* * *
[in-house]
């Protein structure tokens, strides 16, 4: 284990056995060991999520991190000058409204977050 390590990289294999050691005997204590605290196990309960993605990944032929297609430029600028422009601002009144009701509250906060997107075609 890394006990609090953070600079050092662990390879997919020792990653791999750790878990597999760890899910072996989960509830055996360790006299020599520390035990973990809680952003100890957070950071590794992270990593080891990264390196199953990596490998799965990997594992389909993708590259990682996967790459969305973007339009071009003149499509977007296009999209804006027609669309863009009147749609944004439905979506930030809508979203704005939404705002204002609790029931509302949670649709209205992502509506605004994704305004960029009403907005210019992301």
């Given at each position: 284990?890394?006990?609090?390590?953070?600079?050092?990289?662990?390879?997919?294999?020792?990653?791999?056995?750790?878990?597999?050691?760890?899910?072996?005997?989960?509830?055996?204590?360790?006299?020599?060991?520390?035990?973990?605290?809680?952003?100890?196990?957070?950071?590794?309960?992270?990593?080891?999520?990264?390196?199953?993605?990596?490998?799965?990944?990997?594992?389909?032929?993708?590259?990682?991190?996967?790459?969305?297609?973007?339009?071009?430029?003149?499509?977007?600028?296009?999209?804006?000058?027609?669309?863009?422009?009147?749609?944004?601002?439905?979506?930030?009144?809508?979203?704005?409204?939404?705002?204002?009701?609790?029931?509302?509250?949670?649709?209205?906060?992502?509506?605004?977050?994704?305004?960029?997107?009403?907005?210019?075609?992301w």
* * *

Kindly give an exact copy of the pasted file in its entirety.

[in-house]
């Protein structure tokens, strides 16, 4: 284990056995060991999520991190000058409204977050 390590990289294999050691005997204590605290196990309960993605990944032929297609430029600028422009601002009144009701509250906060997107075609 890394006990609090953070600079050092662990390879997919020792990653791999750790878990597999760890899910072996989960509830055996360790006299020599520390035990973990809680952003100890957070950071590794992270990593080891990264390196199953990596490998799965990997594992389909993708590259990682996967790459969305973007339009071009003149499509977007296009999209804006027609669309863009009147749609944004439905979506930030809508979203704005939404705002204002609790029931509302949670649709209205992502509506605004994704305004960029009403907005210019992301």
């Given at each position: 284990?890394?006990?609090?390590?953070?600079?050092?990289?662990?390879?997919?294999?020792?990653?791999?056995?750790?878990?597999?050691?760890?899910?072996?005997?989960?509830?055996?204590?360790?006299?020599?060991?520390?035990?973990?605290?809680?952003?100890?196990?957070?950071?590794?309960?992270?990593?080891?999520?990264?390196?199953?993605?990596?490998?799965?990944?990997?594992?389909?032929?993708?590259?990682?991190?996967?790459?969305?297609?973007?339009?071009?430029?003149?499509?977007?600028?296009?999209?804006?000058?027609?669309?863009?422009?009147?749609?944004?601002?439905?979506?930030?009144?809508?979203?704005?409204?939404?705002?204002?009701?609790?029931?509302?509250?949670?649709?209205?906060?992502?509506?605004?977050?994704?305004?960029?997107?009403?907005?210019?075609?992301w």